The World of Buses and Coaches 2012

Coach Manufacturing Industry 2012 on the world’s bus and coach manufacturing industry. It concentrates on vehicles above eight tons gross where the estimated global production last year was around 320,000 units, excluding North American school buses.
China and India are by far the largest producers. It is quite difficult to obtain accurate data from China, because of the relatively small number of manufacturers making chassis but up to 130 bodybuilders. The latter tend to put their names on the completed vehicles. Many are supplying regionally and some are subsidiaries of city transport operations — in-house builders in effect.
The industry in China is changing, albeit slowly. The government wants to consolidate manufacturing into a much smaller number of large players capable of benefiting from economies of scale. However, the high levels of competition are encouraging innovation and there have been significant improvements in engineering and quality over the last 10 years. Exports have been increasing in number but there is still a very high level of demand from the domestic market, especially for city buses.
There is no doubt that the Chinese have taken a lead in the development of all-electric city buses. There is still a challenge to build vehicles with sufficient range to work all day in city traffic. One solution is to provide fast charging stations along a route and at each end.
The situation in India is quite different. The two major manufacturers, Ashok Leyland and Tata, are in the top five in the world. Western European manufacturers led by Volvo have started building in India, introducing engines that are more powerful. Features such as automatic transmissions and air suspension are driving up the standards of buses in India.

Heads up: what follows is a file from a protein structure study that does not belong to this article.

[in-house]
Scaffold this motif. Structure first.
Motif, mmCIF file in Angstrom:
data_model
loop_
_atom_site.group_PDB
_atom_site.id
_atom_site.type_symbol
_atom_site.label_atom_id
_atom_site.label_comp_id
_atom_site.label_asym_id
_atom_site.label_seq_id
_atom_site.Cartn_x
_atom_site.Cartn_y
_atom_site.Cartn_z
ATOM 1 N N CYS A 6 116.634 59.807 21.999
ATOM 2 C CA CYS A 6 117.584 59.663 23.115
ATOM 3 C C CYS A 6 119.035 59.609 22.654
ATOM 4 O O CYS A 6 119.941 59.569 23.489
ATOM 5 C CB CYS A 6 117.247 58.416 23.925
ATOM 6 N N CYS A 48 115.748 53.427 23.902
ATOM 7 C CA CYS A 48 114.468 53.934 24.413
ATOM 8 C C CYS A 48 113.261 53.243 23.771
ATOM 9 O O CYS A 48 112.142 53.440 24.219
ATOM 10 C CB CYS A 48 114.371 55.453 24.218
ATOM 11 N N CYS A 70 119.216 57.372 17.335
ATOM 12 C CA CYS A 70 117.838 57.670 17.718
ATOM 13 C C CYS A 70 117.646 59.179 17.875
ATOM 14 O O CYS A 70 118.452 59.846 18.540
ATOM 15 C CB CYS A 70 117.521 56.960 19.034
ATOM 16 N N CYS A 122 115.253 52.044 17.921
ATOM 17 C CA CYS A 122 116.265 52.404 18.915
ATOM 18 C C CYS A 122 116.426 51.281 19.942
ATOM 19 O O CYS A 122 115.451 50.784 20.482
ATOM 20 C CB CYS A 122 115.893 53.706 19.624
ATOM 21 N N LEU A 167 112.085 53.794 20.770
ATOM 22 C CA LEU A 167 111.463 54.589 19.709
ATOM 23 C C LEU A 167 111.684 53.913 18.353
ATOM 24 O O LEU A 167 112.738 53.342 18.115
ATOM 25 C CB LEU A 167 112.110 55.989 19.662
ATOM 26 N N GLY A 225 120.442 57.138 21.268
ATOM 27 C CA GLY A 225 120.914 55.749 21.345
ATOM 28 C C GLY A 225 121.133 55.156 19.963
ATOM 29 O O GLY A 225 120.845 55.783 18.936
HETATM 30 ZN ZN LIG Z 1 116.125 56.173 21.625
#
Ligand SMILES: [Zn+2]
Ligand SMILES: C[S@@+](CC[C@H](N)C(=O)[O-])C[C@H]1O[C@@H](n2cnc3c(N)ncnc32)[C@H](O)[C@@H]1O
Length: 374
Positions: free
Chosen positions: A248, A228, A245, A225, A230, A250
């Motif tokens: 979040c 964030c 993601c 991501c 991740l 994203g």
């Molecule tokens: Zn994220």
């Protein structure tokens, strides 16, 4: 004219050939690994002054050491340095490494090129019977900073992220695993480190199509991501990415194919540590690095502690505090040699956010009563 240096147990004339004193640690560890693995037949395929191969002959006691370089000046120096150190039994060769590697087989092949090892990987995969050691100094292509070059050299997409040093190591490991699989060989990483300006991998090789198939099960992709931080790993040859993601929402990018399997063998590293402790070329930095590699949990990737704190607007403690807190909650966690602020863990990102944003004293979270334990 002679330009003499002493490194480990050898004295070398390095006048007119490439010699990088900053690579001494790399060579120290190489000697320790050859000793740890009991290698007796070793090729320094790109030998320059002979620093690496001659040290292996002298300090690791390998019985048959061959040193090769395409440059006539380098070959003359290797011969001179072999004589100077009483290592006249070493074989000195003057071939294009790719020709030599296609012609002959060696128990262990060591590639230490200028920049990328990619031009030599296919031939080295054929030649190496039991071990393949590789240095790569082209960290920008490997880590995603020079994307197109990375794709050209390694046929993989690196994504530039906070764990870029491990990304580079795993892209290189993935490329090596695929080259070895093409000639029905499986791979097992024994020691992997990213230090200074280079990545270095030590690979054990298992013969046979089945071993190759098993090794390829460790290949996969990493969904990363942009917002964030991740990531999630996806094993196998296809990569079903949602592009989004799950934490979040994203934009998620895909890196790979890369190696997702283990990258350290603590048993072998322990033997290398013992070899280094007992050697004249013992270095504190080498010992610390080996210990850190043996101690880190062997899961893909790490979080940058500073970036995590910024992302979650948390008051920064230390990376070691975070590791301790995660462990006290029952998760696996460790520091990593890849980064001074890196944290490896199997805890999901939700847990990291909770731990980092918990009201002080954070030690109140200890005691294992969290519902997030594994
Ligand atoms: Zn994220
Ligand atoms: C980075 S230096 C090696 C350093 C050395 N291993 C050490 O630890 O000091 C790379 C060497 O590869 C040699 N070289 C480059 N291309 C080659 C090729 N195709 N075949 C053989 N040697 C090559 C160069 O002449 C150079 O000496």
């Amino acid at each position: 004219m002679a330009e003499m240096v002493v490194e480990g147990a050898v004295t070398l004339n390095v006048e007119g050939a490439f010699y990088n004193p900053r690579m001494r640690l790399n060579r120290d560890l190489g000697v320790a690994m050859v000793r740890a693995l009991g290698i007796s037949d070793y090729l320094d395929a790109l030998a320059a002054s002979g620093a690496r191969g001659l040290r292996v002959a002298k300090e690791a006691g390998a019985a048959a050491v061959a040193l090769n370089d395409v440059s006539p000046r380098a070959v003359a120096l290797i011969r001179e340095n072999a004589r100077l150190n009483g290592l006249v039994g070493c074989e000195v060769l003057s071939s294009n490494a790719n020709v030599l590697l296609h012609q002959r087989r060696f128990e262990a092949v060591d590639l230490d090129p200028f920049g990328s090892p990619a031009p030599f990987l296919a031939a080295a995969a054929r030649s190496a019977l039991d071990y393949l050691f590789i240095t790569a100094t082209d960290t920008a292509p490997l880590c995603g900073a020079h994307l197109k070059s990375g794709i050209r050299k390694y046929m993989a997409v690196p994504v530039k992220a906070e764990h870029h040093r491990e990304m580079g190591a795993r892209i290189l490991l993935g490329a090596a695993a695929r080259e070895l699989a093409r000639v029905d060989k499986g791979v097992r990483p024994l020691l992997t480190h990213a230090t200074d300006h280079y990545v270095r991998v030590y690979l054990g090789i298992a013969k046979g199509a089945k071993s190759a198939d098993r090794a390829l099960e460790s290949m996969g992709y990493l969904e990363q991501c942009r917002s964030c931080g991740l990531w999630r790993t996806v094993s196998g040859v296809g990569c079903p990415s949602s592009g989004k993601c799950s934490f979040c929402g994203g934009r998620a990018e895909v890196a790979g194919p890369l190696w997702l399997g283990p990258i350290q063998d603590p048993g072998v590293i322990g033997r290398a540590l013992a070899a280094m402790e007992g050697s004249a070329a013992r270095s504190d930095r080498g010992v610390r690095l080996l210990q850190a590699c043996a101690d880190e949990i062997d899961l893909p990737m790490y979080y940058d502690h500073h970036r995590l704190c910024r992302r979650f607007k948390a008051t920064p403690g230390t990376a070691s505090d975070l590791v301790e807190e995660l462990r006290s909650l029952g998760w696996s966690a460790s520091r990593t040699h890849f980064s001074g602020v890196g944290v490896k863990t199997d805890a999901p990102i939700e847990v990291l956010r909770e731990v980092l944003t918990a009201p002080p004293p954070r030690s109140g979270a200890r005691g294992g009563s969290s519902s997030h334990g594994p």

Although Western Europe accounts for just fewer than 10 percent of global production, manufacturers have a strong influence in many other parts of the world through subsidiaries, joint ventures, licensees and direct exports. They are particularly strong in Central and South America. Daimler and Volvo control major Japanese manufacturers.
The structure of the manufacturing industry continues to evolve. Volkswagen already had a majority shareholding in Scania of Sweden. Last year, it acquired a similar majority in MAN of Germany, which required clearance from the competition authorities in Europe, Brazil and China, making Volkswagen a global automotive giant.
European manufacturers Irisbus (Iveco), MAN, Mercedes-Benz, Scania and Volvo are vertically integrated companies, meaning they make their own engines and other drivetrain components. Their coaches often have a high degree of commonality with trucks, which helps with the provision of parts and service. City buses invariably have fully automatic gearboxes sourced from specialist suppliers like Allison, Voith and ZF.
I also added the VDL Group of the Netherlands and Alexander Dennis (ADL) of the United Kingdom, the one European manufacturer really growing strongly. VDL buys engines from DAF (Paccar) and Cummins, while ADL uses Cummins exclusively. It is quite amazing how many bus manufacturers around the world rely on Cummins power units.
A highlight of the report is the series of interviews I conducted with the chief executives of the top seven European manufacturers. I particularly wanted to find out who among them had a major breakthrough or was taking a different direction. I found no sign of that, but they did speak to some interesting developments in engines, hybrid systems and alternative fuels.
All are preparing for the introduction of Euro 6 emission limits, which come into force in January 2014. These will require much larger cooling systems. On coaches, the additional weight is a problem, especially on touring coaches when they have a full complement of passengers and luggage.